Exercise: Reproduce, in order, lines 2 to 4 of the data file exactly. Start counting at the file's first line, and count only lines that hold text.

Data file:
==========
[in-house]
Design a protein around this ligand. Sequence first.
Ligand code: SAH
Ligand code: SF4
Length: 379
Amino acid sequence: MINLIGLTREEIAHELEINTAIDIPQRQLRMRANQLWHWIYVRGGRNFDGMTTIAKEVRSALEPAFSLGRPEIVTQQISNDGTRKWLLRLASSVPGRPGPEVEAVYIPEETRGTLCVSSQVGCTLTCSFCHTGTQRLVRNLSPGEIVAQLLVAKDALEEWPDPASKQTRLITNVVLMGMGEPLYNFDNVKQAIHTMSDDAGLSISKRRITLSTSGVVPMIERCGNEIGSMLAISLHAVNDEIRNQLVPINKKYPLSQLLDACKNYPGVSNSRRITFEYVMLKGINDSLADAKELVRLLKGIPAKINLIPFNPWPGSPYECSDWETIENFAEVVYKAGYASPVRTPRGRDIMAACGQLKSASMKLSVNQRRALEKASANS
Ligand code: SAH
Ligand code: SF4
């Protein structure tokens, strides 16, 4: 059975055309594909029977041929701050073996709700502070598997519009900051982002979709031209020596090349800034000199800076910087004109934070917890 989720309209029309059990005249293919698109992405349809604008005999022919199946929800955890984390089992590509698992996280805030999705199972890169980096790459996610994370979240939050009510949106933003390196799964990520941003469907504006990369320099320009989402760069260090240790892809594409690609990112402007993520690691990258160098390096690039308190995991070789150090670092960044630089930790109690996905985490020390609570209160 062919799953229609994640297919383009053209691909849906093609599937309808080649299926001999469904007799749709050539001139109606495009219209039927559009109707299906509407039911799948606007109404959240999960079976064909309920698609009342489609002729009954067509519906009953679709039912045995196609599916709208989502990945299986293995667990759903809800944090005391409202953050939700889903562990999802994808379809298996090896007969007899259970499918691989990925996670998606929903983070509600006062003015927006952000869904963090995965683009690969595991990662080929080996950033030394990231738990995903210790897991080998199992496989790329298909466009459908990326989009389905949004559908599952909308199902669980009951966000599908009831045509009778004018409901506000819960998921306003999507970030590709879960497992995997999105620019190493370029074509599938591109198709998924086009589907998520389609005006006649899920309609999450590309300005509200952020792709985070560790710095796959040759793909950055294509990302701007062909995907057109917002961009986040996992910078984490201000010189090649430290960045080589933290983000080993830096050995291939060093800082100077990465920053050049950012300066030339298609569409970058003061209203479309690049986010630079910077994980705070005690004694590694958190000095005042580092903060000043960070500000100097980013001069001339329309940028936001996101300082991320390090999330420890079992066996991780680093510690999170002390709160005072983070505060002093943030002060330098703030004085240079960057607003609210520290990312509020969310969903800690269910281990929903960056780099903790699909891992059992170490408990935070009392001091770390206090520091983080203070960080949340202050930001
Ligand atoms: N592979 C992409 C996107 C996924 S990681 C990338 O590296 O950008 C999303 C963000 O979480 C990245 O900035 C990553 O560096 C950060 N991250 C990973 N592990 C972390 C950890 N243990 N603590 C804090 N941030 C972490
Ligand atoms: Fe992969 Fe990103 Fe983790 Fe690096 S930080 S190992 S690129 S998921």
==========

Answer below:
Design a protein around this ligand. Sequence first.
Ligand code: SAH
Ligand code: SF4